Fluoride: Is it toxic? Alternatives & How to Avoid

Fluoride: Is it toxic? Alternatives & How to Avoid

Fluoride is a controversial topic. Research shows it’s a neurotoxin when ingested, but it also has robust research to prove topical use of fluoride supports the remineralization of teeth and may prevent tooth decay (AKA dental caries).

To say fluoride is toxic — that you shouldn’t drink fluoridated water or use fluoride toothpaste — tends to lump you in with flat earthers and other science deniers.

But claiming fluoride is toxic is not denying science. It’s listening to what science is trying to tell us! Well-designed research is practically shouting at the medical community to stop exposing everyone (particularly children and pregnant mothers) to fluoride.

Below, we go through the history of fluoride and the science behind fluoride toxicity.

What is fluoride?

Fluoride is an inorganic ion: written as F-. Fluoride is the 13th-most abundant element in our earth’s crust. (That’s why some communities around the world drink groundwater that contains natural fluoride content.)

Fluoride is different from fluorine:

  • Fluorine with an “N” is a chemical element (F). In pure form, it is a highly toxic gas.
  • Fluoride with a “D” is the anion (F-). An anion has one more electron than proton, and thus is negatively charged.

Fluoride is used in toothpastes and drinking water to prevent cavities.

Though a point of controversy, both acute fluoride toxicity and chronic fluoride toxicity are growing problems in the United States.


The History of Fluoride: Discovery and Water Fluoridation

Fluoride’s potential for dental health was first noted in the early 1900s by dentist Frederick McKay. McKay noticed mottling on the teeth of his patients — dental fluorosis — and also found that it was associated with teeth more resistant to decay.

Upon further investigation, McKay realized the difference seemed to be attributable to the high level of natural water fluoridation in his new home of Colorado Springs. Calcium fluoride is present in groundwater at differing levels throughout the world, up to 10 ppm (parts per million) in some areas of China.

In 1937, Dr. Gerald Cox suggested dumping the fluoride in the public water supply and tout it as decay prevention. With a little evidence, including a study performed only on rats, another researcher Dr. H. Trendley Dean corroborated his claims.

With extensive lobbying, the US Public Health Service endorsed fluoridation. And still endorses it today.

Before the US would begin fluoridating the water, they wanted a town-comparison study conducted. But because the unfluoridated city saw a decrease in tooth decay at the same rate as the city with fluoridated water, the unfluoridated city was thrown out of the study.

The new version of the study — only featuring the fluoridated city — was used to justify fluoridating public drinking water. And the US has put fluoride in the water ever since.

The use of sodium fluoride was then implemented in local water supplies throughout the United States. But sodium fluoride (not the same compound as what’s naturally found in water) is not what is likely in your tap water.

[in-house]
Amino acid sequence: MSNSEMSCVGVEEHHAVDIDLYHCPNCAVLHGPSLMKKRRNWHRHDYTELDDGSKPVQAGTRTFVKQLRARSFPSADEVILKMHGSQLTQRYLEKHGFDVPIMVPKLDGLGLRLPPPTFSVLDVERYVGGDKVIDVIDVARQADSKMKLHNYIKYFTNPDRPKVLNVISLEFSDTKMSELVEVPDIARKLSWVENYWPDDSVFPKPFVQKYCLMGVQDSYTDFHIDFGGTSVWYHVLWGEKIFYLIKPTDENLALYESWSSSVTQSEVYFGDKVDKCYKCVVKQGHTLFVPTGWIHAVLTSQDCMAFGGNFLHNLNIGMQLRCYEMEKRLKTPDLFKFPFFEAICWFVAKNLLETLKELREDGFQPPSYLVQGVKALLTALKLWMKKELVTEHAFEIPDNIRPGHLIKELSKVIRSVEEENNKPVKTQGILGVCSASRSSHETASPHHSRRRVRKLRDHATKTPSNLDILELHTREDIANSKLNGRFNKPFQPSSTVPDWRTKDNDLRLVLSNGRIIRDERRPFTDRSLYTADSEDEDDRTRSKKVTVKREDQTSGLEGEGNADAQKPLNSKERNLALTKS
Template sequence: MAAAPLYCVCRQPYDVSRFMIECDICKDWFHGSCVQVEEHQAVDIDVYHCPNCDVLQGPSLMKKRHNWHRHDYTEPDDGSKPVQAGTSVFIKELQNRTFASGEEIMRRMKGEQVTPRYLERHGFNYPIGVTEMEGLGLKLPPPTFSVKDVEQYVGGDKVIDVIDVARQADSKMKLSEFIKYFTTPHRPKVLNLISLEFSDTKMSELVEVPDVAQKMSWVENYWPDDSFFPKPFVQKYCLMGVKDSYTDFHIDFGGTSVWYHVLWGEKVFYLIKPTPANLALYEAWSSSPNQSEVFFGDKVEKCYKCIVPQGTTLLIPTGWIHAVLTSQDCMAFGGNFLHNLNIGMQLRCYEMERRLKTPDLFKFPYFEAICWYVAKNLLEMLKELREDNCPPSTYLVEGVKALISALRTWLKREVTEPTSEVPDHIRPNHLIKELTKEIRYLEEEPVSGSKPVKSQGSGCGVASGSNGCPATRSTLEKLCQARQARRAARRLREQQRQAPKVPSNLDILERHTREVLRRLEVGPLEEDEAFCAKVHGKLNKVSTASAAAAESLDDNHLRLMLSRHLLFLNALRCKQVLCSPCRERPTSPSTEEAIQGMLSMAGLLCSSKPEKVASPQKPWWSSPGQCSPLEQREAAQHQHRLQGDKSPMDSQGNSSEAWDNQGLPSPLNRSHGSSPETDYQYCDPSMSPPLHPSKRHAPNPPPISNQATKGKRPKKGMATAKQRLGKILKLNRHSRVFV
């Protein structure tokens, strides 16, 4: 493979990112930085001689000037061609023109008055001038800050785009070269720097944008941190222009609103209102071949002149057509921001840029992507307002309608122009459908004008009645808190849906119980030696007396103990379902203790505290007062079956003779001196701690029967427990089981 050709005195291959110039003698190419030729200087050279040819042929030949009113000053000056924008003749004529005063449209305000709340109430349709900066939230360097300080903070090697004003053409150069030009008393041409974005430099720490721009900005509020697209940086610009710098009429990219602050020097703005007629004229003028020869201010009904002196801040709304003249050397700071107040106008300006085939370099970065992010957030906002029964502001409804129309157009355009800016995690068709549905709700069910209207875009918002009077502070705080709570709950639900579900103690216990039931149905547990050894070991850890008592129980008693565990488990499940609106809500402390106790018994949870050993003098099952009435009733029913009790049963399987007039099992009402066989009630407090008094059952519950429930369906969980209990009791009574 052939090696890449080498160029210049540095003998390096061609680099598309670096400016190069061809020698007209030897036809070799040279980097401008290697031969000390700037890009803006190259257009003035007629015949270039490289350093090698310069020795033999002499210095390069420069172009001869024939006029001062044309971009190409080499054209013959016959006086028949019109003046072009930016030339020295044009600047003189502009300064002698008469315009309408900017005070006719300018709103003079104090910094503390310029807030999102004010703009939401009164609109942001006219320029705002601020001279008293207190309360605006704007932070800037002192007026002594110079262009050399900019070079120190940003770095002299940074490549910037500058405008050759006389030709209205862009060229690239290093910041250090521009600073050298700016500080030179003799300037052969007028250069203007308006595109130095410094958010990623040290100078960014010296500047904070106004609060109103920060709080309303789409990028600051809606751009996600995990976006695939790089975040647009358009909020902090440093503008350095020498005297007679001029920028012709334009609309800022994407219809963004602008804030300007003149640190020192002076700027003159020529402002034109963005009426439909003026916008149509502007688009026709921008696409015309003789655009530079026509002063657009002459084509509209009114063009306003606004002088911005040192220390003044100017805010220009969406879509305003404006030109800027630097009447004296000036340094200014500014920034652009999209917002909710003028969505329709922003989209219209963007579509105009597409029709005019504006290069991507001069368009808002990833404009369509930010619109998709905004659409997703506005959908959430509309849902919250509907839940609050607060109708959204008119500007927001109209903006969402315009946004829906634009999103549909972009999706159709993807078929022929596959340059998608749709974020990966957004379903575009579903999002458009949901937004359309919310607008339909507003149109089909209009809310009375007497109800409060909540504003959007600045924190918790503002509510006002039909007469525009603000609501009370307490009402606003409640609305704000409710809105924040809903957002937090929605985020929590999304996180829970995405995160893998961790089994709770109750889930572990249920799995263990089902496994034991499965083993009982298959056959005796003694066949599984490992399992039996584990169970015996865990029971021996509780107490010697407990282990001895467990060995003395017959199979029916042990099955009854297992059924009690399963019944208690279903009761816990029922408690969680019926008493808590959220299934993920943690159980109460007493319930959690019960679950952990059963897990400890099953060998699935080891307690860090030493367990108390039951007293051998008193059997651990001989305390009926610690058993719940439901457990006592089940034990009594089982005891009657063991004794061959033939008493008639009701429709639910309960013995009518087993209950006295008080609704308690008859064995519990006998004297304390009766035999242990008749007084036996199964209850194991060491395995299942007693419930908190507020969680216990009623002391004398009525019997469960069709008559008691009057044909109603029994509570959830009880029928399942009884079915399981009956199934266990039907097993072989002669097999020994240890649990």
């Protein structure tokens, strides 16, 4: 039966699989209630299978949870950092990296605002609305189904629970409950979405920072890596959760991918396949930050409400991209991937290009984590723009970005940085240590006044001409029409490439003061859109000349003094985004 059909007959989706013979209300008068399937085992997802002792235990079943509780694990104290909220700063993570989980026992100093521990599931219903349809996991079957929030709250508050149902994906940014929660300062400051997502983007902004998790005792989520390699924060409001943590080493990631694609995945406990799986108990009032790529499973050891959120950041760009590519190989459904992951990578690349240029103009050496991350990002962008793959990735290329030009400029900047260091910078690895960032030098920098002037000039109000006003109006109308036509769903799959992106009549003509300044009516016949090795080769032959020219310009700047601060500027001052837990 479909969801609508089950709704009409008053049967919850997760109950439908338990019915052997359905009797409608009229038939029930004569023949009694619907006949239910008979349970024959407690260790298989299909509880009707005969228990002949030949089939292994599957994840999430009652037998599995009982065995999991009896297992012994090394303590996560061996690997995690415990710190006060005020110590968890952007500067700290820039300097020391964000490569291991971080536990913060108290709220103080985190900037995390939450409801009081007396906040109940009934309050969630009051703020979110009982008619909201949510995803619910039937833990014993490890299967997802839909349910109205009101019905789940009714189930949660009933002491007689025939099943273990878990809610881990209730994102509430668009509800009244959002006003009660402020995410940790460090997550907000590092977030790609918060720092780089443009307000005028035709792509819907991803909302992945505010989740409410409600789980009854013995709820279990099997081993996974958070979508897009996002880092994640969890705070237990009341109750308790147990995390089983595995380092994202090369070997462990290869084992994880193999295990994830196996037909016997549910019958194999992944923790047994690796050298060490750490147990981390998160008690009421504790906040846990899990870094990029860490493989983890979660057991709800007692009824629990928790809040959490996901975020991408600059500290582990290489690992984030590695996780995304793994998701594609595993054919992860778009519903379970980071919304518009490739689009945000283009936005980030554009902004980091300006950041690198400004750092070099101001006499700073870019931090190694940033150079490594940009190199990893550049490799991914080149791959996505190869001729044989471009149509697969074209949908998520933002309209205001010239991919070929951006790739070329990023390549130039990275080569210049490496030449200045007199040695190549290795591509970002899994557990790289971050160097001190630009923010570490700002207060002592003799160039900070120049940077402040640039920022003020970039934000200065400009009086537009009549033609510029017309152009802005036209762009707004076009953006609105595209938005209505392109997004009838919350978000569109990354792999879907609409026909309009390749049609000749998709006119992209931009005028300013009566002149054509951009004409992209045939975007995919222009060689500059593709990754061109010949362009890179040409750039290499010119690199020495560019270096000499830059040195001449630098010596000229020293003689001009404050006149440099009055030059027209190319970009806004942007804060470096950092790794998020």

Hydrofluorosilicic acid (HFA or HSA) was once known as a highly toxic waste product from the fertilizer industry, before anyone added it to toothpaste or drinking water. To sell this waste byproduct, HFA was successfully marketed as a rat poison and insecticide. 

Now, the same companies who were once fined for dumping toxins into public water supplies are now paid by the federal government for a similar job. HFA accounts for about 90% of the fluoride in US drinking water.

The CDC named the addition of fluoride to public drinking water “one of 10 great public health achievements of the 20th century”.

Is fluoride toxic?

Yes, fluoride is toxic in large quantities. It is a point of controversy in the medical and scientific communities whether the level of fluoride ingestion from fluoridated drinking water and fluoridated toothpaste constitutes “large quantities”.


How much fluoride is toxic?

According to the conventional medical community, the lethal dose of fluoride for most adults is 5-10 grams of fluoride. According to the Fluoride Action Network, the lethal dose of fluoride is closer to half a gram of fluoride, for an average adult. (This breaks down to 5mg/kg of body weight.)

0.2 grams of fluoride causes abdominal discomfort.

For reference, most fluoridated water contains less than 1 milligram of fluoride per liter. That means 200 liters of fluoridated water contains enough fluoride to cause noticeable abdominal distress — not taking into consideration fluoride from other sources.

The toxicity of fluoride is a point of controversy. There are plenty of scientific studies that have observed adverse health effects from ingestion of fluoride, even trace elements.


How does fluoride affect the brain?

In children, high fluoride levels are poison to the brain. Children living in areas with fluoridated public drinking water seem to have lower IQ scores (lower by 7 points, with a standard deviation of 15). Fluoride exposure to the mother may also increase risk of ADHD or autism in infants.

In adults, the effects of fluoride poisoning are still dire. High levels of fluoride negatively impact ability to learn, memory, and general cognitive performance.

Fluoride Toxicity Symptoms

What are the symptoms of fluoride toxicity? These are the adverse effects of high levels of fluoride:

These are the adverse effects in infants whose mothers ingest a toxic amount of fluoride:

Does fluoride prevent cavities?

Yes, fluoride can prevent cavities when applied topically to the teeth. But it is toxic to humans, so Dr. George’s recommendation is to avoid it. Small amounts of fluoride in your drinking water and toothpaste build up over time — quicker than you may think.

Many healthcare practitioners promote the benefits of fluoride to dental health, blindly accepting biased research, often from non-scientific sources. 

Numerous researchers have attempted to show that fluoride added to public water systems reduces tooth decay, and many of these studies are the basis for today’s fluoridation campaigns.